While every list is subjective and every argument has value, there is one discussion, the conversation involving the greatest dunk of the decade (which doubles as the best ever) that finds itself with a definitive answer.
The Dunk of the Decade started its difficult, Frodo Baggins like journey back on September 23, 1993, when the International Olympic Committee (IOC) awarded the Games of the XXVII Olympiad to the city of Sydney (ahead of Beijing, Berlin, Istanbul and Manchester, respectively).
This IOC’s decision triggered a series of events that would ultimately lead to basketball’s greatest individual highlight as well as a little international shaming, a quasi bizzaro character / anti-heroics from a famed NBA star and a new age of performance sneakers. This all happened of course unbeknownst to the talented 16 year old sophomore named Vincent Lamar Carter from Mainland High School, Daytona Beach, Florida, who was just 16 years old at the time.
Soon after September 23, ‘93, The Dunk began its difficult walk, carried by Carter’s pogo legs from Daytona Beach, Florida, north a couple of states to safer and greener pastures (the University of North Carolina) where it would rest for three years before being called up to scale a larger, more chaotic and tumultuous landscape (the NBA).
While the 6-6 swingman attending classes (and was being prepped for the NBA draft), there was plenty happening across the Pacific (and down a bit), on the other side of the globe, where ground was broken on the official Sydney 2000 Olympic site 10 miles west of Sydney’s CBD.
While Vince went about his basketball life, National Teams were being assembled and sculpted for battle; Olympic ticketing ballots were issued (this blogger landed tickets to two double headers, both of which included Team USA games); and the 10,000 seat makeshift basketball arena known simply as the “The Dome” (designed to be used for the Tournaments preliminary rounds) was on its way to becoming Carter’s other house of highlights. The wheels were well and truly in motion.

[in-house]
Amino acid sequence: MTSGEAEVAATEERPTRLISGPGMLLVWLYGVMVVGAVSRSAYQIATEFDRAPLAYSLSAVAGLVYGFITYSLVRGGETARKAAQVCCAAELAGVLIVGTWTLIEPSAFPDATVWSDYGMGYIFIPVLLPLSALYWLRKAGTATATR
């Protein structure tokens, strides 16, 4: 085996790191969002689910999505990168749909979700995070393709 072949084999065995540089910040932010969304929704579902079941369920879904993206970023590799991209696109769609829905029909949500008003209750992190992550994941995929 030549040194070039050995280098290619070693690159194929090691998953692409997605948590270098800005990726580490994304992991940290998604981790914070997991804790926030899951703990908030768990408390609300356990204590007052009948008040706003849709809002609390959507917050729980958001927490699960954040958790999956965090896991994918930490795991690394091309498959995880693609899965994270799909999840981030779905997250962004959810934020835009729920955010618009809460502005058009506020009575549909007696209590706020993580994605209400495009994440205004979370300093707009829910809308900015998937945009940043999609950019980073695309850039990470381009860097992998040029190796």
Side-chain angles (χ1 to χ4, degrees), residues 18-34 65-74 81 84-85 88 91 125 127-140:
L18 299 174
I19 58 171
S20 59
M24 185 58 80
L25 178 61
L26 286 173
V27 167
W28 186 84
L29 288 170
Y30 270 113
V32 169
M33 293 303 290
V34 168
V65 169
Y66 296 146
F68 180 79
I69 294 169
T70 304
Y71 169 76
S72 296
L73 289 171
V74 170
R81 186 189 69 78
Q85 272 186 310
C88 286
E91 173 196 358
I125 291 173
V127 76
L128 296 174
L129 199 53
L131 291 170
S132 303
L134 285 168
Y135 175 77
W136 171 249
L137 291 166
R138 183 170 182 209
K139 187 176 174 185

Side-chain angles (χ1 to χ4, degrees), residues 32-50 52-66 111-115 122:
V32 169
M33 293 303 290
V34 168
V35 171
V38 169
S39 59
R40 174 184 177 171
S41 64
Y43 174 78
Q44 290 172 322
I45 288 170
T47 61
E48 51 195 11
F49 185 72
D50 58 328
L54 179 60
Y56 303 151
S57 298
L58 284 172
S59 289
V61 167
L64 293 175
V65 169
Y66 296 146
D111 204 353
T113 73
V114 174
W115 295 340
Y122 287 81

Finding its way home was no easy task. Any number of hurdles could have prevented The Dunk from realizing its destiny. Looking back, Team USA selections were made under a cloud of controversy with certain NBA stars (who shall remain nameless) electing not to participate. In their place, Grant Hill, Ray Allen and Alonzo Mourning became late additions, filling Team USA’s final three roster spots. The now famous 12-member Fellowship, led by then Houston Rockets Head Coach Rudy Tomjanovich, snapped together like Lego bricks (but this set contained more than a few missing pieces… that’s another story).
This Fellowship united under the Stars and Stripes in August, 2000 for their training camp; were issued passports; flew 20 plus hours to some giant island in the South Pacific; landed in Hugh Jackman country (aka Australia); cleared customs; competed in a series of Rugby style exhibition games; checked into the Crowne Plaza; ran through their sets at training and prepared for the spotlight of Olympic competition.
Note: Carter managed to sneak The Dunk into his team issued backpack before hiding it in his newly grown mini ‘fro. This allowed him to slip it by team officials and IOC delegates at every checkpoint.
Then Monday, September 25th, 2000, hit. What started out as a seemingly ordinary Sydney afternoon quickly became the Olympic afternoon to remember. It was here, Day 11 of competition when The Dunk would find its way home and Carter’s journey into the bowels of Mordor (or possibly towards the Dark side, if you don’t mixing metaphors) was complete.
It was here that the aerial exploits of Michael Jordan, Dominique Wilkins, Shawn Kemp, Harold Miner, Julius Erving, David Thompson, Clyde Drexler and every other notable high flyer was realized. It was on this afternoon, where National pride comes complete with endorsement, against an unsuspecting French National Team that Vince Carter did what only the sporting Gods can – he found a new ceiling in an age when everybody believed they’d seen it all before.
Basketball chatter before the 2000 Games revolved around VC. He was the talk of the town, my town. He was the single reason so many joined the Olympic ticketing ballot. He was the reason so many basketball fans flew in from all over the country… simply put, he was Mick Jagger to Team USA’s Rolling Stones.